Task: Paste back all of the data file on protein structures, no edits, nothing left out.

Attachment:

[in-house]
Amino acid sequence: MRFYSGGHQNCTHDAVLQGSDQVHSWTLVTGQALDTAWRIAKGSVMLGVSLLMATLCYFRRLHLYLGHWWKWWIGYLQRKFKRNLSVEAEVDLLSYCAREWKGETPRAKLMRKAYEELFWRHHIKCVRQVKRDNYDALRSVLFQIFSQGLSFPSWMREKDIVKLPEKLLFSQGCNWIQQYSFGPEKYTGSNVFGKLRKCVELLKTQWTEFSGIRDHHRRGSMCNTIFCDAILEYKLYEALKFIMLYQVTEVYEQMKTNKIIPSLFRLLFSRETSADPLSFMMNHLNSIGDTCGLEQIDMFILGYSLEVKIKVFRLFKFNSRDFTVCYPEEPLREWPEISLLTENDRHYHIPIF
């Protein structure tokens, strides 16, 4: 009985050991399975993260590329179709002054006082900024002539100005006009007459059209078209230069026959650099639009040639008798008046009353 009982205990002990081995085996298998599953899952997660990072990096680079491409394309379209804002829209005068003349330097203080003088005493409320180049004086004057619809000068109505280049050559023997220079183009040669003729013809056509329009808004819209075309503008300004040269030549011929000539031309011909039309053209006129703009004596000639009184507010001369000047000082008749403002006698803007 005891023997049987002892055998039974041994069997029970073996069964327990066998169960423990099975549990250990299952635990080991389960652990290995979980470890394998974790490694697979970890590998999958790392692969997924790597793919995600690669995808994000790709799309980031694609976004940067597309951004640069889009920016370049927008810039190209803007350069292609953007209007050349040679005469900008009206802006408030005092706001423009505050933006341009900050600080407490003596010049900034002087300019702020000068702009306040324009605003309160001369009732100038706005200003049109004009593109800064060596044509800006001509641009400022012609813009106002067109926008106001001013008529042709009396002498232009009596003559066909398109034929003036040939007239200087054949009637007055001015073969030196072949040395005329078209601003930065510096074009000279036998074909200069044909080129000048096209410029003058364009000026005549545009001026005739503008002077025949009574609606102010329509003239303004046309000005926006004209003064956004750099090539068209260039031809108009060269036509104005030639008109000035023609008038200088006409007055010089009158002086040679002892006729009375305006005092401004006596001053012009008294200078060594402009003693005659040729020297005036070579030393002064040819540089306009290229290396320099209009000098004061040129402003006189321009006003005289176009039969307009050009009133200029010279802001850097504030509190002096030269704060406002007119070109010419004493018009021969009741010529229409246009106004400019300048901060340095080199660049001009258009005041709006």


[in-house]
Amino acid sequence: MRFYSGGHQNCTHDAVLQGSDQVHSWTLVTGQALDTAWRIAKGSVMLGVSLLMATLCYFRRLHLYLGHWWKWWIGYLQRKFKRNLSVEAEVDLLSYCAREWKGETPRAKLMRKAYEELFWRHHIKCVRQVKRDNYDALRSVLFQIFSQGLSFPSWMREKDIVKLPEKLLFSQGCNWIQQYSFGPEKYTGSNVFGKLRKCVELLKTQWTEFSGIRDHHRRGSMCNTIFCDAILEYKLYEALKFIMLYQVTEVYEQMKTNKIIPSLFRLLFSRETSADPLSFMMNHLNSIGDTCGLEQIDMFILGYSLEVKIKVFRLFKFNSRDFTVCYPEEPLREWPEISLLTENDRHYHIPIF
């Protein structure tokens, strides 16, 4: 009985050991399975993260590329179709002054006082900024002539100005006009007459059209078209230069026959650099639009040639008798008046009353 009982205990002990081995085996298998599953899952997660990072990096680079491409394309379209804002829209005068003349330097203080003088005493409320180049004086004057619809000068109505280049050559023997220079183009040669003729013809056509329009808004819209075309503008300004040269030549011929000539031309011909039309053209006129703009004596000639009184507010001369000047000082008749403002006698803007 005891023997049987002892055998039974041994069997029970073996069964327990066998169960423990099975549990250990299952635990080991389960652990290995979980470890394998974790490694697979970890590998999958790392692969997924790597793919995600690669995808994000790709799309980031694609976004940067597309951004640069889009920016370049927008810039190209803007350069292609953007209007050349040679005469900008009206802006408030005092706001423009505050933006341009900050600080407490003596010049900034002087300019702020000068702009306040324009605003309160001369009732100038706005200003049109004009593109800064060596044509800006001509641009400022012609813009106002067109926008106001001013008529042709009396002498232009009596003559066909398109034929003036040939007239200087054949009637007055001015073969030196072949040395005329078209601003930065510096074009000279036998074909200069044909080129000048096209410029003058364009000026005549545009001026005739503008002077025949009574609606102010329509003239303004046309000005926006004209003064956004750099090539068209260039031809108009060269036509104005030639008109000035023609008038200088006409007055010089009158002086040679002892006729009375305006005092401004006596001053012009008294200078060594402009003693005659040729020297005036070579030393002064040819540089306009290229290396320099209009000098004061040129402003006189321009006003005289176009039969307009050009009133200029010279802001850097504030509190002096030269704060406002007119070109010419004493018009021969009741010529229409246009106004400019300048901060340095080199660049001009258009005041709006």